A British pilot, Vietnam’s most severe patient of novel coronavirus disease (COVID-19), no longer requires antibiotics while his lung capacity continues to improve during treatment in Ho Chi Minh City.
As of Monday morning, the British patient has been disconnected from a ventilator for 48 hours without any complications, the National Steering Committee for COVID-19 Prevention and Control announced.
Doctors at Cho Ray Hospital in the southern metropolis have stopped giving the Briton antibiotics.
He is now only taking antifungal medication.
The patient continues to be fed via his gastrointestinal tract, while his lung capacity is also improving.
Doctors are focusing on restoring the muscular strength of his legs so that he will be able to walk again.
The 43-year-old man, a Vietnam Airlines pilot, was confirmed as the country’s COVID-19 patient No. 91 following his diagnosis in mid-March.
After being cleared of the coronavirus following his treatment at the Ho Chi Minh City Hospital for Tropical Diseases, he was transferred to Cho Ray Hospital on May 22 with severely damaged lungs.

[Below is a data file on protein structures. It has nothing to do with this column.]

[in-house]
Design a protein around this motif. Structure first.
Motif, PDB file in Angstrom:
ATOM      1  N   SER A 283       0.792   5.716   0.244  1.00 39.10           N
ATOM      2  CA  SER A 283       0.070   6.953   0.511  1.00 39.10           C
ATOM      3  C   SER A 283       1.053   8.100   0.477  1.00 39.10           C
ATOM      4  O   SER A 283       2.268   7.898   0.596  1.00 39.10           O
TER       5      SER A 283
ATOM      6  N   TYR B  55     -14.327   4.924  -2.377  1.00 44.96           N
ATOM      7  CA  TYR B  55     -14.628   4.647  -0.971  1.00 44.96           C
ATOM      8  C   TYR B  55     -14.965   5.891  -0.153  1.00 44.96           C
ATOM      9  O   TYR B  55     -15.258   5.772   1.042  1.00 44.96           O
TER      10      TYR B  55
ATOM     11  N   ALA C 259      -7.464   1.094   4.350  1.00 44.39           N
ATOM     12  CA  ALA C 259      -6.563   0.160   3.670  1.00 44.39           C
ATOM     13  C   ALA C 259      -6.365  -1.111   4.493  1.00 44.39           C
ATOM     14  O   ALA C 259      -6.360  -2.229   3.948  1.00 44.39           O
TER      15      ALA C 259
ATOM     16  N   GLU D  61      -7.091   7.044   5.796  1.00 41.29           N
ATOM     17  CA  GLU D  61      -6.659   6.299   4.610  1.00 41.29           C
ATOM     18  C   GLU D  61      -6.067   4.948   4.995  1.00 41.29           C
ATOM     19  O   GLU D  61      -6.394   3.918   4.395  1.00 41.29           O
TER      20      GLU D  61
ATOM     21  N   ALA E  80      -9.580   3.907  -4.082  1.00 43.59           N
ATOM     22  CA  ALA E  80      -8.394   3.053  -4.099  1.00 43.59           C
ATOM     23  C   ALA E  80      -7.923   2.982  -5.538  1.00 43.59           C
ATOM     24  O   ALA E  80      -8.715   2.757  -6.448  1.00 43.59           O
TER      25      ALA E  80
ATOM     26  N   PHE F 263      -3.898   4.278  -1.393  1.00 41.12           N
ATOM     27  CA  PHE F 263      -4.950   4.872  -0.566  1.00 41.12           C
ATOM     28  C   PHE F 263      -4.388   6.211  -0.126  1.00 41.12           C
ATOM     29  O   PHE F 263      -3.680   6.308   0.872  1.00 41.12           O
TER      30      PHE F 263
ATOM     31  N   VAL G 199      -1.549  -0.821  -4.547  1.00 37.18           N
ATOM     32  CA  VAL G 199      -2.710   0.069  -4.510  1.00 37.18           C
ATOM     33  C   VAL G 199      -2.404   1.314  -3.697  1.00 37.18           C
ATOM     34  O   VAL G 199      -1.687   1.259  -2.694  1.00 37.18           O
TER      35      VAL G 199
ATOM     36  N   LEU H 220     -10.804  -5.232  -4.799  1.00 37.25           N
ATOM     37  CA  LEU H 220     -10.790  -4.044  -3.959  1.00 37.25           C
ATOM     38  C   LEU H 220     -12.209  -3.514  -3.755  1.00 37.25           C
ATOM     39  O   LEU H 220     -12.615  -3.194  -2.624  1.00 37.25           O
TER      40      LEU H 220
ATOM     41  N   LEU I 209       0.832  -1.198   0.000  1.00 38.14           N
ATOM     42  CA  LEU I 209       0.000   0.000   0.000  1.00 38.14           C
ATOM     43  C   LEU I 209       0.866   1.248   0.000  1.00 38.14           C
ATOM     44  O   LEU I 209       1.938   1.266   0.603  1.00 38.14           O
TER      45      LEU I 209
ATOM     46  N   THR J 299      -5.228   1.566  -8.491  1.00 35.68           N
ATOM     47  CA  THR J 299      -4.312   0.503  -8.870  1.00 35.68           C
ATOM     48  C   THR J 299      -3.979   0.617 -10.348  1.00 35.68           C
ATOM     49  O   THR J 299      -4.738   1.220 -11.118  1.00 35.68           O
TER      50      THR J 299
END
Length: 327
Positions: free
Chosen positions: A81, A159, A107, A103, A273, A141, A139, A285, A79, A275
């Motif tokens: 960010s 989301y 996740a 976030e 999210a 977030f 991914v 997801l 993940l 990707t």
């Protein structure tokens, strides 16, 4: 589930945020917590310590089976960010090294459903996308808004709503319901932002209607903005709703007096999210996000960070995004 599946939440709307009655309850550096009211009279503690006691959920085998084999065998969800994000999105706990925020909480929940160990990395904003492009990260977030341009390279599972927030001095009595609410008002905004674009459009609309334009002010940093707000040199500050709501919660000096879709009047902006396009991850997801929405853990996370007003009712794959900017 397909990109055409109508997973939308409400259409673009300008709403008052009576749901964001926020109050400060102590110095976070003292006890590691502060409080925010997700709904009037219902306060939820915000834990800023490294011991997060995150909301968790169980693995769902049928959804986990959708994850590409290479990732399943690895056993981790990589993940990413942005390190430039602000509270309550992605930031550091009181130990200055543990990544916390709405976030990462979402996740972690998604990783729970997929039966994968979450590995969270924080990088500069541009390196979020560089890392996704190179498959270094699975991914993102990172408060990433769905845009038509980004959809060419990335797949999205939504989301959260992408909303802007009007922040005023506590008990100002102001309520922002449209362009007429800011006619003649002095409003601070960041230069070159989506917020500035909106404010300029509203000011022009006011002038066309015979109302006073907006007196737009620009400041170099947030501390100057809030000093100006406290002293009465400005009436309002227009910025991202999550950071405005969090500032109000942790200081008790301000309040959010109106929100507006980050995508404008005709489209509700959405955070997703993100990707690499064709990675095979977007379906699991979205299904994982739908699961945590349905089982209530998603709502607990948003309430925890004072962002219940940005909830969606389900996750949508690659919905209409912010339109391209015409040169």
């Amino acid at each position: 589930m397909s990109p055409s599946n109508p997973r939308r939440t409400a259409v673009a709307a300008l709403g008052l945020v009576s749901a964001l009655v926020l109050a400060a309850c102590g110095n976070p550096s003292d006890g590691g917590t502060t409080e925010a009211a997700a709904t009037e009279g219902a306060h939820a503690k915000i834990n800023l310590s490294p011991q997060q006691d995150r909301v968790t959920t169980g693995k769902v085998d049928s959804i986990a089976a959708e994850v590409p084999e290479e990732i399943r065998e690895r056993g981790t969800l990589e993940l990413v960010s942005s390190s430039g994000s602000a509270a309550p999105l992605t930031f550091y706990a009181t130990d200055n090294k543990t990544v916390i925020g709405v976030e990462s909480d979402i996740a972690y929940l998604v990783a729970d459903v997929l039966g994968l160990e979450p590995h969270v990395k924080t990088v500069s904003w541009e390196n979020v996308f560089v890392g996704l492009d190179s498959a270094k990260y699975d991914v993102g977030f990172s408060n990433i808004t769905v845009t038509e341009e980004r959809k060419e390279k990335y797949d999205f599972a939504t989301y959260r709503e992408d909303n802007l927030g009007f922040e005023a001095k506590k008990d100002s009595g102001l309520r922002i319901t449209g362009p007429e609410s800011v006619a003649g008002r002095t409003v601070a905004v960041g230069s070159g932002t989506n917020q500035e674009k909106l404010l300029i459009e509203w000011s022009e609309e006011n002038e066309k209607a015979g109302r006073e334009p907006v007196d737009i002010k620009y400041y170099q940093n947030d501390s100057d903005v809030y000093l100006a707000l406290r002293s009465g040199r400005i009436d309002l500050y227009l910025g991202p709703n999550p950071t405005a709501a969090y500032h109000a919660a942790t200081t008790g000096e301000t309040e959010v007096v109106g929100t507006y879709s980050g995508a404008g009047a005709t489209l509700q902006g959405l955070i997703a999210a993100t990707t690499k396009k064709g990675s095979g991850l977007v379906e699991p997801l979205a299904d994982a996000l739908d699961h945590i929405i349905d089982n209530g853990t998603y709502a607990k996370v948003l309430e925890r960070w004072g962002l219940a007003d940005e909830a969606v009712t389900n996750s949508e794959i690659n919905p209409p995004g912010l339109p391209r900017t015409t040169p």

A lung transplant was believed to be the only option to save the Briton.
However, he has been making a remarkable recovery in the past weeks.
Doctors gave the green light to disconnect the patient from ECMO life support, which he had been on for nearly 60 days, on June 3.
He was taken off his ventilator on Saturday, the Ministry of Health said, adding that a lung transplant is no longer necessary.
Vietnam’s COVID-19 tally is currently at 334, with 323 having recovered, according to Ministry of Health statistics.
No death from the disease has been recorded in the country.
Among the 11 active cases, only seven still test positive for the novel coronavirus, while the others have tested negative at least once since receiving treatment.
It has been 60 days since Vietnam last documented an infection in the community.